Don’t Stress the ZZZs: Yoga and Sleep

For most of us, good sleep means: falling asleep quickly; staying asleep; and waking up feeling well-rested, refreshed, and energized for the day to come. Yet, most of us do not experience this kind of good sleep. The reason why we don't is a sign of the times; we are overworked, overstressed, our minds are too loud and our bodies hold too much tension to foster good sleep.

How Yoga Helps The Mind and Body Prepare for Good Sleep

How does yoga help achieve the state of mind and body necessary for good sleep that is reoccurring in our lives?

  • Hatha yoga involves gentle body postures and breathing techniques. Putting one's body in these gentle postures helps to release tension and pain that could be holding you back from good sleep; breathing techniques center and calm the mind, helping to reduce the chatter that keeps you awake in bed.
  • Setting aside time to reflect on your day, life, and purpose gives the mind the time it needs to consider those things while you're awake, not preparing to fall asleep.

Why You Can't Sleep: Disruptive Mind and Overthinking

Why does good sleep escape us? Many of us spend hours laying awake in bed, overthinking. Some of us are even exhausted from the day's activities, but still find the inability to sleep pervasive. Why is that?

Good sleep doesn't require exhaustion. And physical exhaustion coupled with a lack of proper mental stimulation throughout the day is a recipe for lack of sleep. As we go about our days, we interact with the world and other humans in it. It is only natural for our minds to spend time considering the day's events as well as our own deeds, words, and thoughts (and the deeds, words, and thoughts of others). When we don't give our minds the space to process the day, we run into trouble. This trouble often manifests when we finally hit the hay at day's end... when the body is quiet enough to let the mind think! No wonder most of us spend hours laying awake in bed...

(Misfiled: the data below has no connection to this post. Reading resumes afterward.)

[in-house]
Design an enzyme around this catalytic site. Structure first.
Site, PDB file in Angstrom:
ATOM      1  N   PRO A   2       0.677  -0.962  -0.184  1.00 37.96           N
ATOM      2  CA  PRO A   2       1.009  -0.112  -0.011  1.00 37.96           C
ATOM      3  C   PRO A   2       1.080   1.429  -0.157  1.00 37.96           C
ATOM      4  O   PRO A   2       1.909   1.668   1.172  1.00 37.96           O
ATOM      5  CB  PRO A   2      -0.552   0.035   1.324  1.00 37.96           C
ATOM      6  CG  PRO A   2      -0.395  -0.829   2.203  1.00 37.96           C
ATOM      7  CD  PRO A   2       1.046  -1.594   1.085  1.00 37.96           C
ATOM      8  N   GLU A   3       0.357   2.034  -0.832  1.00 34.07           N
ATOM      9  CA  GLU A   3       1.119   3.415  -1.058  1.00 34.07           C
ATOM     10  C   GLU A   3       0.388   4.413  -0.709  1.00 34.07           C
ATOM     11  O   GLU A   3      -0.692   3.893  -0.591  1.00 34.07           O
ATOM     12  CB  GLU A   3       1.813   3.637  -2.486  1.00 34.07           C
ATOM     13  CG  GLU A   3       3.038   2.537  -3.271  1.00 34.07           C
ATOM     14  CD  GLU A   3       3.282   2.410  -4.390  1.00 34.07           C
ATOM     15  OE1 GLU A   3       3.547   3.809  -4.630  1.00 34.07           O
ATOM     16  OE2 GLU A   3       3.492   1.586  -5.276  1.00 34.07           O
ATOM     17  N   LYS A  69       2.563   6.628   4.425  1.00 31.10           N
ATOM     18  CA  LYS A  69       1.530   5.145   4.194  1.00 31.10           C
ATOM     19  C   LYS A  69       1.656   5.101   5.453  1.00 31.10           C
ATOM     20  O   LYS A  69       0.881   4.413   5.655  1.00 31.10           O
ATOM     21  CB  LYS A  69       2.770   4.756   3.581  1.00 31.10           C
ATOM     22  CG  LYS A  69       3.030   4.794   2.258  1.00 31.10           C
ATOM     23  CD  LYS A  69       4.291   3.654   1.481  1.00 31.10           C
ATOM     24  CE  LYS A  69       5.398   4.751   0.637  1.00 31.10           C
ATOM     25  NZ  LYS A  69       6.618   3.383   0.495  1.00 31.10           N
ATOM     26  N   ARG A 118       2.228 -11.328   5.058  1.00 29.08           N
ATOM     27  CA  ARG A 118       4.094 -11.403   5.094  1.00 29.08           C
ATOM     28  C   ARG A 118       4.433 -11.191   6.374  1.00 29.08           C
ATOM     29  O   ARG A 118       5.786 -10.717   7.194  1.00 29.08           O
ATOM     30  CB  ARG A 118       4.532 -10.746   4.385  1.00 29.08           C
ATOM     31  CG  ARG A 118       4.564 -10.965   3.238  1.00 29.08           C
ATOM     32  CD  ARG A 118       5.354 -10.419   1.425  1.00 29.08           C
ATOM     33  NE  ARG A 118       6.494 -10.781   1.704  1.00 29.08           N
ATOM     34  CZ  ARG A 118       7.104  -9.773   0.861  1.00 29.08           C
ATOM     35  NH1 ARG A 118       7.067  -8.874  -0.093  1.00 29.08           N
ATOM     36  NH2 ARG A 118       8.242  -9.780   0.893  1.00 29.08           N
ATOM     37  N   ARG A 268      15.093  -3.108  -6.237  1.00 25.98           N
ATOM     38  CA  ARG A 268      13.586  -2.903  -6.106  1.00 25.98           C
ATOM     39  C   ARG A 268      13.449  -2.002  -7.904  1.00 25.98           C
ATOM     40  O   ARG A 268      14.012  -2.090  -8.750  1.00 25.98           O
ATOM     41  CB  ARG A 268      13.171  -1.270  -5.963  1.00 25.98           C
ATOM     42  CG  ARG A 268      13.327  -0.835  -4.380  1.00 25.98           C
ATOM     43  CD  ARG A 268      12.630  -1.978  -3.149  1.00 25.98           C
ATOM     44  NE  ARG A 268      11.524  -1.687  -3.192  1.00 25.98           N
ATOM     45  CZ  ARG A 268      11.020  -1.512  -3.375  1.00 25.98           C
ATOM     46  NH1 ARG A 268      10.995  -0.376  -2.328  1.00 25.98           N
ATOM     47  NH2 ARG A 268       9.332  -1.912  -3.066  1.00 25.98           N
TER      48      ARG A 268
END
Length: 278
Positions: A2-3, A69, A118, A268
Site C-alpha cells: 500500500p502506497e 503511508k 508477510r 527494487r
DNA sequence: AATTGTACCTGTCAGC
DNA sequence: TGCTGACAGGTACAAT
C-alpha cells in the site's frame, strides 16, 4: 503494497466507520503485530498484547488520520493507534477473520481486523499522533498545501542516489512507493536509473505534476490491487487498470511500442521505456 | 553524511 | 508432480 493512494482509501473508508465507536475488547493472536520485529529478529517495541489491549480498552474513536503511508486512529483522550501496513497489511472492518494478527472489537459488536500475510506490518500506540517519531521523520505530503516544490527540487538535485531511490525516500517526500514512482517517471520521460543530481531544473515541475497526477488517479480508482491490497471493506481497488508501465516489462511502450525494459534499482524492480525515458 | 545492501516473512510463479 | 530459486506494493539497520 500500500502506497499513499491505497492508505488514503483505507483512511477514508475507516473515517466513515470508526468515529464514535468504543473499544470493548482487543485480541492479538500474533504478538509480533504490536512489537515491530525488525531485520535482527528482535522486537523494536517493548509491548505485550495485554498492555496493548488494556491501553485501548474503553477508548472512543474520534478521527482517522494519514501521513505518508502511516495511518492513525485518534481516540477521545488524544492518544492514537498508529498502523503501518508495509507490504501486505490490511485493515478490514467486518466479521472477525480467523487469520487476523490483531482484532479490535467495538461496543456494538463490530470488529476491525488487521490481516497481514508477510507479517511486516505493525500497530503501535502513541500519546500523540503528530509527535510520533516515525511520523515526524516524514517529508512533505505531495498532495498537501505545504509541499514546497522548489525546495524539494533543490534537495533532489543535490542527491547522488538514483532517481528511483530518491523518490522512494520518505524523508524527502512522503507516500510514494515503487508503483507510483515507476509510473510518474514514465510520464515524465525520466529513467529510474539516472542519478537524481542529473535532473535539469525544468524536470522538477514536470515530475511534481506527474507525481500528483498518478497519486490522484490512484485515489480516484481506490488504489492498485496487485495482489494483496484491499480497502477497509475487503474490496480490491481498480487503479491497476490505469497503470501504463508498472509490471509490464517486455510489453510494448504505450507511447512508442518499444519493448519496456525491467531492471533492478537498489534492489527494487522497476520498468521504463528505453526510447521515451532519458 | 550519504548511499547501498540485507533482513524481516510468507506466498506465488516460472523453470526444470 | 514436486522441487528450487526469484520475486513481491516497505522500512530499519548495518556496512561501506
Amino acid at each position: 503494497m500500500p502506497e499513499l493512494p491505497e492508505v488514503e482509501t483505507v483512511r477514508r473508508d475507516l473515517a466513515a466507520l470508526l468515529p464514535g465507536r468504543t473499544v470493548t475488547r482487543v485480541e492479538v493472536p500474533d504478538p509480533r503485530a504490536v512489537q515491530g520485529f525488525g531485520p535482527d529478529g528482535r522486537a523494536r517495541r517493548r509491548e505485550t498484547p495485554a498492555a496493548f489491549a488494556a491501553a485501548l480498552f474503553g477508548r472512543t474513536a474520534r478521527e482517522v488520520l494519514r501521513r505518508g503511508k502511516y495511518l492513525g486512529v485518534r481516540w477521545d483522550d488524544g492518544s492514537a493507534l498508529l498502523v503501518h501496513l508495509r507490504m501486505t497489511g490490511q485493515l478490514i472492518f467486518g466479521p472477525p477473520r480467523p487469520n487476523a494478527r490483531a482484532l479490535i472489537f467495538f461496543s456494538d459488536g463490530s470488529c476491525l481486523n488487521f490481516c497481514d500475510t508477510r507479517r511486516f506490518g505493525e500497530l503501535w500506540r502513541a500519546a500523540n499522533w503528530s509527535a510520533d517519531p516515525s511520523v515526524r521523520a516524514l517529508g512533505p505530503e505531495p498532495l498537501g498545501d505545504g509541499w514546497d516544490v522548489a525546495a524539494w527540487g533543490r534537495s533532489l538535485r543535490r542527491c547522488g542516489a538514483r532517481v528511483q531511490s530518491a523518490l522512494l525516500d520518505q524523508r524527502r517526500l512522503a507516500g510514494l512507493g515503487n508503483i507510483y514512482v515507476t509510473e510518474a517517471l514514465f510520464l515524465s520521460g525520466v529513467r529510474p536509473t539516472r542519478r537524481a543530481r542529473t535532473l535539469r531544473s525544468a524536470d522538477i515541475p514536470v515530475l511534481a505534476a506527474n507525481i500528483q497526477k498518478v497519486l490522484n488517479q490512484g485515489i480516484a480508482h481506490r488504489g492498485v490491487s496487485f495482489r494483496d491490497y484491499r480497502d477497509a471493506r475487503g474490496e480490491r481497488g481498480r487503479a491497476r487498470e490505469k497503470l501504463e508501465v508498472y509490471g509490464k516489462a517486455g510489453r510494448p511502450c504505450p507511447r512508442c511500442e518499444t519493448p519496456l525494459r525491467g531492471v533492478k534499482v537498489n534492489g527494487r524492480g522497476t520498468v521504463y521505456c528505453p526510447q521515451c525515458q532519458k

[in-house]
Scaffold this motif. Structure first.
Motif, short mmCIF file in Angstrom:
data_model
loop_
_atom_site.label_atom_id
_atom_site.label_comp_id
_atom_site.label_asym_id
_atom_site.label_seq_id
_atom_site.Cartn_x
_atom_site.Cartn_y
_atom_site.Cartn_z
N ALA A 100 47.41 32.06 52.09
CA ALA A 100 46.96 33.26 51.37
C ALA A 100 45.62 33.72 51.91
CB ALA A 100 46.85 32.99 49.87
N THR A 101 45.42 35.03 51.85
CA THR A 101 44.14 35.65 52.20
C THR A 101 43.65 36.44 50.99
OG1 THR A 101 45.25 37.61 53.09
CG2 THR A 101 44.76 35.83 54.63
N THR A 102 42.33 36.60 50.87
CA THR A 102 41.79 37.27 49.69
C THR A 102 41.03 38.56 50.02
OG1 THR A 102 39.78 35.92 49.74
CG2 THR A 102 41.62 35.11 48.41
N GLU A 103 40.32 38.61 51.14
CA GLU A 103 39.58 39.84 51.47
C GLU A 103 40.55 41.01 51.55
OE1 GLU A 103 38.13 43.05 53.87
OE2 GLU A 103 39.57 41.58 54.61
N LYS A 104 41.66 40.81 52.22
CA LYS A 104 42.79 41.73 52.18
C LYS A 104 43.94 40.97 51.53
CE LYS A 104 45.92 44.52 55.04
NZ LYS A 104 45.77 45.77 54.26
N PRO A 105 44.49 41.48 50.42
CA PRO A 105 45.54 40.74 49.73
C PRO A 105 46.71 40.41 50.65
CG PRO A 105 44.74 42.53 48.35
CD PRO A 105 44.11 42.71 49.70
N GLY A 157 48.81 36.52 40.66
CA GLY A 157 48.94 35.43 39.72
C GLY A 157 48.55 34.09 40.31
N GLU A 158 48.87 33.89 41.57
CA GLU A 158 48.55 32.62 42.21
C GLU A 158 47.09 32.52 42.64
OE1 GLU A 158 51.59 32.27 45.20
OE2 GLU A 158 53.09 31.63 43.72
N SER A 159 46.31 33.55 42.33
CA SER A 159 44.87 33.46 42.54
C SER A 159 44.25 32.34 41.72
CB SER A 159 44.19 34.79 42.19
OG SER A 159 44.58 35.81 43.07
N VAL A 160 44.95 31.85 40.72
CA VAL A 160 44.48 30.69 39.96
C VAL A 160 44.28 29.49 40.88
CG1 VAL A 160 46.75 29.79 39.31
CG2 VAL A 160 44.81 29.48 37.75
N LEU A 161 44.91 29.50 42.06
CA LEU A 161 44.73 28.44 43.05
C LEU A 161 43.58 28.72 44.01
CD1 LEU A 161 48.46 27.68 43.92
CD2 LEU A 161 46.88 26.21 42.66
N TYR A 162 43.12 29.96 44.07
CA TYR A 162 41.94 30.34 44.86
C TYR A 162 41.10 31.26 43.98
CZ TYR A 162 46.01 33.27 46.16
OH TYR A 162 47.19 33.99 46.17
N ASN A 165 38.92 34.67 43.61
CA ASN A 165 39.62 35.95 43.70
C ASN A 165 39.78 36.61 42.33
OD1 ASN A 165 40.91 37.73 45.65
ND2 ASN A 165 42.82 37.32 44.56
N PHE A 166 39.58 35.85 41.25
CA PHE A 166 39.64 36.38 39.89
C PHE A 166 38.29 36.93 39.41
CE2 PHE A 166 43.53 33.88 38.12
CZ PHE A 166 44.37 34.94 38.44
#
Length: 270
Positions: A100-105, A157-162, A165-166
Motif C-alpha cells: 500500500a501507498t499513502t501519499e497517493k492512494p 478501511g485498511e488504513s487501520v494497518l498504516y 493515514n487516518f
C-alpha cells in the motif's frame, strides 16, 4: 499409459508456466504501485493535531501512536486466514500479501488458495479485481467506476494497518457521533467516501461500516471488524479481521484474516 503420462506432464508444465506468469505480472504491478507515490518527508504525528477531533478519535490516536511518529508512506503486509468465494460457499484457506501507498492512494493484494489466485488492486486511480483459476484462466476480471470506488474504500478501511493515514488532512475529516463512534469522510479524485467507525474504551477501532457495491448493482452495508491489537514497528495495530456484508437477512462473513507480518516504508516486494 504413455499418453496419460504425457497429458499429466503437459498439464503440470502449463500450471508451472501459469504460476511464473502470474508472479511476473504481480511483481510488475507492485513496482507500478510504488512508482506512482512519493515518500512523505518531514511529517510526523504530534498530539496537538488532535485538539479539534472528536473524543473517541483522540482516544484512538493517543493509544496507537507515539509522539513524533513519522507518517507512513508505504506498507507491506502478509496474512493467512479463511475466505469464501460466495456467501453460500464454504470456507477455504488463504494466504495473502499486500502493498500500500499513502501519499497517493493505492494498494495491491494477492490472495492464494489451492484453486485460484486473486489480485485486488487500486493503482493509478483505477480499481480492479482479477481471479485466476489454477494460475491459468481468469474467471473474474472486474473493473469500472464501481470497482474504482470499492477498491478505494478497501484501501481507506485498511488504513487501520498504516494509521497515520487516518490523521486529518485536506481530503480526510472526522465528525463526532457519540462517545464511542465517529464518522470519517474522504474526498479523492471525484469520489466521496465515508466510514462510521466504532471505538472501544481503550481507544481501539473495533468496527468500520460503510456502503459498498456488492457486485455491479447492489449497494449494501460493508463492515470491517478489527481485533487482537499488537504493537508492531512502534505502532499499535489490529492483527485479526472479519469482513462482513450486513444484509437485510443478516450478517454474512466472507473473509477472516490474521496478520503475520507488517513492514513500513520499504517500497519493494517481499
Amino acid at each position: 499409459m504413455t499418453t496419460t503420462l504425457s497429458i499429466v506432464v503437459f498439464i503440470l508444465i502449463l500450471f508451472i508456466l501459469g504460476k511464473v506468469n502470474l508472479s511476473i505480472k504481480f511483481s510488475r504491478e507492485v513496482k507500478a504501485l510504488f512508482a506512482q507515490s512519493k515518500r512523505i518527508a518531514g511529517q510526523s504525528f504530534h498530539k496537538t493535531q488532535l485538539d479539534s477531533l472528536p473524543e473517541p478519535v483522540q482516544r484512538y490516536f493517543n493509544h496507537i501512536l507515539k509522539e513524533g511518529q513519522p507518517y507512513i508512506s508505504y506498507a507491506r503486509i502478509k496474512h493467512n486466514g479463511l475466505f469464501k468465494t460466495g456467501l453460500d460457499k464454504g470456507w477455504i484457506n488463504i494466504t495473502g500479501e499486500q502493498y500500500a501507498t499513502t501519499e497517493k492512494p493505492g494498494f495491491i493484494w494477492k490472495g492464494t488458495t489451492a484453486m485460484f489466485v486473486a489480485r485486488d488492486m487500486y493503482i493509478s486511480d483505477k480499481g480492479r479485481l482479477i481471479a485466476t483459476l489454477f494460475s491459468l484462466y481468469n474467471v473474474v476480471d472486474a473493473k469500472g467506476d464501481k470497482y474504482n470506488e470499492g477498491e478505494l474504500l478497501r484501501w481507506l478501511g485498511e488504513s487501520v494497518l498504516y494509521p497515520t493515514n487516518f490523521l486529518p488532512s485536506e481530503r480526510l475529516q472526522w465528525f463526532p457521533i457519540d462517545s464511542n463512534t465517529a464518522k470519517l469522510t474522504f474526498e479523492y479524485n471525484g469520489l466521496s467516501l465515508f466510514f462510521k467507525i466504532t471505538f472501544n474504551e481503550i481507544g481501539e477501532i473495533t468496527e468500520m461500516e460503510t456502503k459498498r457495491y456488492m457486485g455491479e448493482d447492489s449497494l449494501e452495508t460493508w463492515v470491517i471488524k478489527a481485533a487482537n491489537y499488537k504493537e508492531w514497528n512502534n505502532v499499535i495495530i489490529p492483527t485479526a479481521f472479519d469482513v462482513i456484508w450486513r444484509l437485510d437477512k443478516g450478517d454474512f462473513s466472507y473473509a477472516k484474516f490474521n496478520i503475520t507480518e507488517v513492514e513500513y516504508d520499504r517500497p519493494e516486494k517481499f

How do we remedy this situation? Yoga translates to "union". Union with what? Union with the self. The Self that is the Observer, the Awareness sitting in the background of all of our "automatic" behaviors and words. This Self comes out in stillness. As such, yogic practices are a perfect way to become friendly with the Self. When we spend time sitting in steady postures (yoga asanas), breathing (pranayama), or in meditation, we consciously chose to: 1, simplify our body's physical behaviors and 2, make our mind one-pointed. When the mind is purposefully made one-pointed, the many strains of thought running in the background reveal themselves.

Yoga, The Path to Master Your Mind and Master Your Life

In this way, yogic practices allow for the healthy unraveling of various background thoughts during the day instead of during sleep. When the mind is given time to breathe in daily activities such as yoga, breathing, and meditation, you are cultivating the ability to observe your thoughts without fear. You're also giving your mind a prescribed time to explore itself. This helps your mind stay quiet when its meant to stay quiet (aka, right before bed).

As a practice, yoga works on all levels... helping you to find stillness not only in the mind but also the body and spirit, too. If you are having trouble sleeping, invite the positive effects of yoga into your life through an online course, online yoga classspecialized in-person dream and sleep retreat, or a visit to the ashram for a much-needed reset at any time of the year.

One thought on “Don’t Stress the ZZZs: Yoga and Sleep

  1. Gorakshanath Acharya Swayam Swaroopa

    Wonderful and precise summation of yoga.

    And a lovely encouragement to deep dive or simply taste.

    I would like to attend the Mystics’ Summit via internet August 13, 14 and 15, and possibly even present on the topic “ My journey with Swami Vishnudevananda’s ISYVC, ISKCON, the Seventh Day Adventists and today: daily and nightly. “

    Thank you brothers and sisters,

    Swayam

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